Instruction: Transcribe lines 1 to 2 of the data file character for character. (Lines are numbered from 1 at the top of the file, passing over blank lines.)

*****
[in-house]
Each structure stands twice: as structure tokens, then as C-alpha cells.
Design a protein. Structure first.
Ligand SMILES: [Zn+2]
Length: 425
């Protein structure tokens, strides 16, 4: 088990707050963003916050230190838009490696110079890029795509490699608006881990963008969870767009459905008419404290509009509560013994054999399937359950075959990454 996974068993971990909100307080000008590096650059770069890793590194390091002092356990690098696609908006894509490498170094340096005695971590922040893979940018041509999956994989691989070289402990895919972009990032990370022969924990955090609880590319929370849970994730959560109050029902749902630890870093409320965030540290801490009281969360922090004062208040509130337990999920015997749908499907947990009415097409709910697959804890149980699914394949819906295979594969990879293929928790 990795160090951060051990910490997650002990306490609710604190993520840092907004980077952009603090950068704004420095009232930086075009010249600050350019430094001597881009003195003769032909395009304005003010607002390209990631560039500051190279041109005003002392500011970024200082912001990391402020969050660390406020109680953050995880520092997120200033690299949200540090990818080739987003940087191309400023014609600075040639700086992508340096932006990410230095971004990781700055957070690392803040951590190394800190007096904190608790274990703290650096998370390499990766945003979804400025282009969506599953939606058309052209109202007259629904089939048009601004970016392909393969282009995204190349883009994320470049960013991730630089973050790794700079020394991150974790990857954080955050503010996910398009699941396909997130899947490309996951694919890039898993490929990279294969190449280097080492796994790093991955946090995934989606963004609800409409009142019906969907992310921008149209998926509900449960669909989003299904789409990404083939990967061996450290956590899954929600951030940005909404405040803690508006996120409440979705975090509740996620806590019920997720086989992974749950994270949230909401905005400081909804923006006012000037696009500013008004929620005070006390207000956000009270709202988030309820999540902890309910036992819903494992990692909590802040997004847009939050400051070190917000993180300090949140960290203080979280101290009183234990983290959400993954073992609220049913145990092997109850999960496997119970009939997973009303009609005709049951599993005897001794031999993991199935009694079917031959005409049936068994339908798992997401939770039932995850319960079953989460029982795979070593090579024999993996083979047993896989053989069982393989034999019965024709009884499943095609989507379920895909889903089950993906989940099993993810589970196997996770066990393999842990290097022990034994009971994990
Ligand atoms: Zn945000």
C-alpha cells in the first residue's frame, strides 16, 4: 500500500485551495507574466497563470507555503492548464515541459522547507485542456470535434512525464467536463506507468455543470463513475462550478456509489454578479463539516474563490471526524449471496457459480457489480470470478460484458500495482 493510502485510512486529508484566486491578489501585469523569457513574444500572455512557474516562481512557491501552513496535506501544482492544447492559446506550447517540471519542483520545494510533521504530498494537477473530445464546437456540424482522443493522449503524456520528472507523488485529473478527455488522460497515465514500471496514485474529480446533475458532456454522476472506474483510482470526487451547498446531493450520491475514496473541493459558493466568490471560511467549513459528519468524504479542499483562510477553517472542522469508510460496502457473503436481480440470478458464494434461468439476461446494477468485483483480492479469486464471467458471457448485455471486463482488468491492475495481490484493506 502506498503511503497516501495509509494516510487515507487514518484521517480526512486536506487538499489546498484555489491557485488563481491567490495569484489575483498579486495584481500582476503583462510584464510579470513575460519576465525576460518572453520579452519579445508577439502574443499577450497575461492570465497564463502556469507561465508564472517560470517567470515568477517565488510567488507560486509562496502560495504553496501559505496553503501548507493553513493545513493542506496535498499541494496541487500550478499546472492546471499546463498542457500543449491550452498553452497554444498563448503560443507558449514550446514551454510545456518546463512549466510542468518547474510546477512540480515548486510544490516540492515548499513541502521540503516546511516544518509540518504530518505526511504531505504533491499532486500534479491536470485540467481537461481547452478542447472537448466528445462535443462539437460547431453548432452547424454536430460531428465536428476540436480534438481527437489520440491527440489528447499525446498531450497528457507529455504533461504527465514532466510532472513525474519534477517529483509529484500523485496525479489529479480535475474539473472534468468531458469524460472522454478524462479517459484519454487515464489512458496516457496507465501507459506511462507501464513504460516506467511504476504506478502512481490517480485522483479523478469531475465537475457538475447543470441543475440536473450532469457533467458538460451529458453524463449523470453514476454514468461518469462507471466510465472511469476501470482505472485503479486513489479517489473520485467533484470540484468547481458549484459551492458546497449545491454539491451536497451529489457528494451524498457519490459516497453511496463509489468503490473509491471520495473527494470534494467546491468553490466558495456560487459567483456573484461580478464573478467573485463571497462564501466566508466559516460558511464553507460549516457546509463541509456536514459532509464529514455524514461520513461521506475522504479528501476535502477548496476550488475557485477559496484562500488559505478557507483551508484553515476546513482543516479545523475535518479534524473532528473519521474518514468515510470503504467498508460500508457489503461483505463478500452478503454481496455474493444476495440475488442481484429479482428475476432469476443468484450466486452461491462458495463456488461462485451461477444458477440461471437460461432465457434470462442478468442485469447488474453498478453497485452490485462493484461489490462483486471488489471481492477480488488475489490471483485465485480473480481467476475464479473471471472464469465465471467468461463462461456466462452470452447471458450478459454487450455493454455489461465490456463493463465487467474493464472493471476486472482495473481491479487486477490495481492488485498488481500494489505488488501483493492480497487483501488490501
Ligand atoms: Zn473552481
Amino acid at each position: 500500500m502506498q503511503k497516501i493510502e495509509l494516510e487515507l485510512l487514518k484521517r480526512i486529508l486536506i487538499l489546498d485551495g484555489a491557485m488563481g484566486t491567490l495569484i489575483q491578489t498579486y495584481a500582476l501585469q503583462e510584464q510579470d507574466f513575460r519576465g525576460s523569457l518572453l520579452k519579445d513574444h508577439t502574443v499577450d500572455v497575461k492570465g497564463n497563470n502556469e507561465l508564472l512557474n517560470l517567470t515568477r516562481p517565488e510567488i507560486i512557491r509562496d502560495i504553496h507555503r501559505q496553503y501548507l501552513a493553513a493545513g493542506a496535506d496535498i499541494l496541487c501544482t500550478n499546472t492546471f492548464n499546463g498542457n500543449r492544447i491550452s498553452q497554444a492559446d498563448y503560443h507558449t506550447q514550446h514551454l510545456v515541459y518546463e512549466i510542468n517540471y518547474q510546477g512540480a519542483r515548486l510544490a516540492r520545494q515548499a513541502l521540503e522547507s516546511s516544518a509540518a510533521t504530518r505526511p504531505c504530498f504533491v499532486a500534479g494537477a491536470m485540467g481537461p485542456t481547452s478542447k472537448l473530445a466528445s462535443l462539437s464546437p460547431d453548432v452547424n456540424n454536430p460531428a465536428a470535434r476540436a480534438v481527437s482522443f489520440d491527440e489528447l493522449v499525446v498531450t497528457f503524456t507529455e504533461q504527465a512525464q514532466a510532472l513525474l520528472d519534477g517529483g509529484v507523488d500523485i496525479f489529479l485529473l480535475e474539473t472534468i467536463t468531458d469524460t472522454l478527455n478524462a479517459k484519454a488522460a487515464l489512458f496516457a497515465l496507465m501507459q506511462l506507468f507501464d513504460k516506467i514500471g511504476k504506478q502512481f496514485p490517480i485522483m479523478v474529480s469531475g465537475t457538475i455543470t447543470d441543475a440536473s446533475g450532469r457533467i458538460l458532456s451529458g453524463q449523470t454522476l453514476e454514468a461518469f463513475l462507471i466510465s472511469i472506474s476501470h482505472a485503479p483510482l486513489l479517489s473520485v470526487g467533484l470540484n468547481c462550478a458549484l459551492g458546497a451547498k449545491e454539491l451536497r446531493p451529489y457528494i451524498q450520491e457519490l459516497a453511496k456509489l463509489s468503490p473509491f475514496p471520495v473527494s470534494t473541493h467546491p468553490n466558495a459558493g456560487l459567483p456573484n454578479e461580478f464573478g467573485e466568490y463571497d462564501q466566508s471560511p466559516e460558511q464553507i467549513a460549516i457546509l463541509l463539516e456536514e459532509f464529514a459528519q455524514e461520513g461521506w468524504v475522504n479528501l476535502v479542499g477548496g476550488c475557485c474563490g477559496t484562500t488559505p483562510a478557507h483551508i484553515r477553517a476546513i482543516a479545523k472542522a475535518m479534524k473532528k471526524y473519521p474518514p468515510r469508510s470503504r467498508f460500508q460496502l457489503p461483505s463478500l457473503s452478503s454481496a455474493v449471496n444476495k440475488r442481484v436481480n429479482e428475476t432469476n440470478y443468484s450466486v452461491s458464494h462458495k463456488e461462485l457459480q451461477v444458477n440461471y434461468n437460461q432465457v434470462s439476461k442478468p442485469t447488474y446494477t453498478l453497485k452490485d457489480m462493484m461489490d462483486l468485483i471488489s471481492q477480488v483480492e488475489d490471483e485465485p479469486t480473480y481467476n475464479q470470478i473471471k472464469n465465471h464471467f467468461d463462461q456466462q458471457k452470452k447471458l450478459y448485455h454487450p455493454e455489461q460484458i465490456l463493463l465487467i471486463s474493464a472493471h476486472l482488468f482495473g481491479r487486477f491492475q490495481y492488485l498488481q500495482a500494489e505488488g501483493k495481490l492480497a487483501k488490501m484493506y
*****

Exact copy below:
[in-house]
Each structure stands twice: as structure tokens, then as C-alpha cells.